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Superior Courts: Lord Justices.-V. C. Kindersley.-Queen's Bench,


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A trader, after being taken in custody under
a ca. sa, and who was still undischarged,
was afterwards removed on the coroner's
warrant on a charge of murder: Quære,
whether this lying in prison was an act of
bankruptcy within the 12 & 13 Vict. c.
106, s. 69?
The Commissioner Balguy having held that it
was not, refused an adjudication, semble,
that an order of the Commissioner must be
obtained under s. 14, in order to enable the
petitioners to appeal for the purpose of ob-
taining an adjudication.

THIS was an appeal from the decision of Mr. Commissioner Balguy, of the Birmingham District Court, refusing to adjudicate William Palmer, a surgeon and apothecary, a bankrupt. It appeared that the trader had been taken into custody at the suit of the petitioners under a ca. sa., and that he had been removed under the coroner's warrant on a charge of murder,the ca. sa. being still undischarged. The Commissioner having held that this was not a lying in prison sufficient to constitute an act of bankruptcy under the 12 & 13 Vict. c. 106, s. 69,' and refused an adjudication, this appeal was presented.

Daniel and A. Smith in support referred to s. 14, which enacts, that "all appeals from decisions or orders of the Commissioners shall be brought on by way of petition, motion, or special case, subject to any general rule or order to be made by the Vice-Chancellor or by the Lord Chancellor, relating to such appeals."

De Gea for William Palmer.

The Lords Justices said, there was a doubt whether, as there was no adjudication, this Court had jurisdiction, and the petition was accordingly directed to stand over to obtain an order from the Commisssioner.

Vice-Chancellor Kindersley.
Smith v. Andrews. Feb. 23, 1856.


A testator gave all his estate to trustees in trust, after paying his debts, &c., as his Which enacts, that "if any such trader having been arrested or commited to prison for debt, or on any attachment for non-payment of money, shall, upon such or any other arrest or commitment for debt or non-payment of money, or upon any detention for debt, lie in prison 21 days, or having been arrested or committed to prison for any other cause shall lie in prison 21 days after any detainer for debt lodged against him and not discharged, every such trader shall thereby be deemed to have committed an act of bankruptcy."

will directed, and the residue to W.: Held, in a suit by the plaintiff, on behalf of himself and the other creditors of the testator, against the trustees and W. to administer the estate, that W. was not a necessary party under the 15 & 16 Vict. c 86, s. 42, rule 9, and where he had been made a separate defendant and had answered separately, the bill was dismissed as against him with costs to be paid by the plaintiff. THE testator by his will gave all his estate to certain trustees upon trust, after paying his debts, &c., as therein mentioned, and the residue to a Mr. Welch. The plaintiff filed a bill to administer the estate on behalf of himself and the other creditors of the testator against the trustees, and making Mr. Welch a separate defendant and he answered separately.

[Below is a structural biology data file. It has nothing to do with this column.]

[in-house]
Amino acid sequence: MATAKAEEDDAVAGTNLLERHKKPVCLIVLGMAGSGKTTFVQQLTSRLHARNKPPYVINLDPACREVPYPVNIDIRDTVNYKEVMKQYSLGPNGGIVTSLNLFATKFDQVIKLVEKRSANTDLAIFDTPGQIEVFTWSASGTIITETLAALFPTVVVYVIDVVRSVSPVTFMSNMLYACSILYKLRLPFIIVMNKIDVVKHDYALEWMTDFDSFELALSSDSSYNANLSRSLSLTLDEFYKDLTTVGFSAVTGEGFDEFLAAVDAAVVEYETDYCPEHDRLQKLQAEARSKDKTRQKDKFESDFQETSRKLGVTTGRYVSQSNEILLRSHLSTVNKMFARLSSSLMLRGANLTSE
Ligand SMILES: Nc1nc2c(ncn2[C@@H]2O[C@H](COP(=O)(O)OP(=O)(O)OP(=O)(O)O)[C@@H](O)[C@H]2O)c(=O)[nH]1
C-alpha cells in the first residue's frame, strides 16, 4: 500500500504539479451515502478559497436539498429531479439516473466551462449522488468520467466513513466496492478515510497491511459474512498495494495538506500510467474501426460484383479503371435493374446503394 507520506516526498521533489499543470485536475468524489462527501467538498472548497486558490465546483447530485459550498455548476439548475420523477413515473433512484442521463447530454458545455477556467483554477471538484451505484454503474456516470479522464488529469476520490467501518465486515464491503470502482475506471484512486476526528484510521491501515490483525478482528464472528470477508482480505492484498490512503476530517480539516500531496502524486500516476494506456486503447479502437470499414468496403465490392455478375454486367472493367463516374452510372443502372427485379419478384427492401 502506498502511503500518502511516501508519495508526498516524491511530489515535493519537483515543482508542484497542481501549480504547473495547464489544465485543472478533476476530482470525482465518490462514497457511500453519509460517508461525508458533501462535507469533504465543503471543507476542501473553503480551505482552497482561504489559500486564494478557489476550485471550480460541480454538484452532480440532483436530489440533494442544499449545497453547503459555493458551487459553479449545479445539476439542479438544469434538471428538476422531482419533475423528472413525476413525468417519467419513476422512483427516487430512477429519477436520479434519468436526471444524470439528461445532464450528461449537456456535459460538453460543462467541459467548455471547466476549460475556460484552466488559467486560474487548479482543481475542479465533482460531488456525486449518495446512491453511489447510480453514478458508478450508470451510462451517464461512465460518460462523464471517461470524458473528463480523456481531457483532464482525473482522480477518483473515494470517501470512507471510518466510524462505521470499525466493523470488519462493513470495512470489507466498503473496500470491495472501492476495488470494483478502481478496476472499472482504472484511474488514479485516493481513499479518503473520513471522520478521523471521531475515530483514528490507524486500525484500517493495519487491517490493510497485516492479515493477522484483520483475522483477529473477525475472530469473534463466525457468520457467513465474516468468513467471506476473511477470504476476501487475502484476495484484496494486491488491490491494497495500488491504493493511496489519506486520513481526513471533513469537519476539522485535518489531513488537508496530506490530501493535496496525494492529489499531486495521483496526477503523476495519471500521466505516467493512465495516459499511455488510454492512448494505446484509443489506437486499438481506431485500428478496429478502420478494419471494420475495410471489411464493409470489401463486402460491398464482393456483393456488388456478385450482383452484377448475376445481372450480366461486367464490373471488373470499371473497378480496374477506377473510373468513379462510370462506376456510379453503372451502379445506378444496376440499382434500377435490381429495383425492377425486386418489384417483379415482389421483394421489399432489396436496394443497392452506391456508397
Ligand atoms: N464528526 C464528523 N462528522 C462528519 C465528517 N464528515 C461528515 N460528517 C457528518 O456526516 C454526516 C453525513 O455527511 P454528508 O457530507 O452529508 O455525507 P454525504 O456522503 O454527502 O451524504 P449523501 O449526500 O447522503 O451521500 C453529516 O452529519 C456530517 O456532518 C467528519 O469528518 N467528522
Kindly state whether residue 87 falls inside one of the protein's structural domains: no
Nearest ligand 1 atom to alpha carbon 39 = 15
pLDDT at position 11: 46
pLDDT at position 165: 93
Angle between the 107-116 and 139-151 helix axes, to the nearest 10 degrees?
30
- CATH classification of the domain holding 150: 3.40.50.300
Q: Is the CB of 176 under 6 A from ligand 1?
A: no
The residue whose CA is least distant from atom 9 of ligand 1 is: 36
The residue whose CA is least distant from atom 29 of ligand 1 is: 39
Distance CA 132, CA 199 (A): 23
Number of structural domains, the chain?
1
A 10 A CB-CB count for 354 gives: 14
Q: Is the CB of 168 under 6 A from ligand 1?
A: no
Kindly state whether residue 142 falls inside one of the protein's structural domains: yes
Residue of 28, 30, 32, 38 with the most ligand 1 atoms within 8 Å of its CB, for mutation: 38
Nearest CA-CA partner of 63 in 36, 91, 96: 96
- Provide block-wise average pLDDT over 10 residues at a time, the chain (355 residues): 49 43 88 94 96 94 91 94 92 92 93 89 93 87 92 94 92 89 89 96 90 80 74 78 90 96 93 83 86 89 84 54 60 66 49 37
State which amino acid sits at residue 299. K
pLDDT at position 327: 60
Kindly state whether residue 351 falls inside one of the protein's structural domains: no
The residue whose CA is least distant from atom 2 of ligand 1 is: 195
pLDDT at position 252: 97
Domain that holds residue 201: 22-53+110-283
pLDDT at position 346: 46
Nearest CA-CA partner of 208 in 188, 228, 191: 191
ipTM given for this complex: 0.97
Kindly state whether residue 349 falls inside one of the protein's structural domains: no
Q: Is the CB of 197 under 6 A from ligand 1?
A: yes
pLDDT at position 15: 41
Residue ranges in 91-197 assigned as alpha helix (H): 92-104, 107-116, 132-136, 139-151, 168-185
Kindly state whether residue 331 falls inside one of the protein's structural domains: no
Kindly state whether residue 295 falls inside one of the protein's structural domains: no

Tripp, for the plaintiff, contended he was a necessary party under the 15 & 16 Vict. c. 86, s. 42, rule 9.

Baily for Mr. Welch contrà; Hawkins for other parties.

The Vice-Chancellor held that he was an unnecessary party, and dismissed the bill as against him, with costs to be paid by the plaintiff.

Court of Queen's Bench.

Regina v. Uttermere. Jan. 12, 1856.


Held, that a rate of 3s. in the pound, signed
by two justices pursuant to a peremptory
mandamus, for the expenses of the defence
of an indictment for a nuisance, which hod
been done by agreement of the inhabitants,
was good under the 5 & 6 Wm. 4, c. 50, s.
111, although it was not entitled as being
an extraordinary rate, notwithstanding s.
29 of the Act.

This was a rule nisi on the Justices of Somersetshire to issue a distress warrant for a rate of 38. in the pound on an inhabitant of the parish of Aller, for the purpose of paying the costs of defending an indictment for a nuisance, which had been done by agreement of the inhabitants of the parish, and for the costs of which a rate had been signed, pursuant to a peremptory mandamus, by two justices. The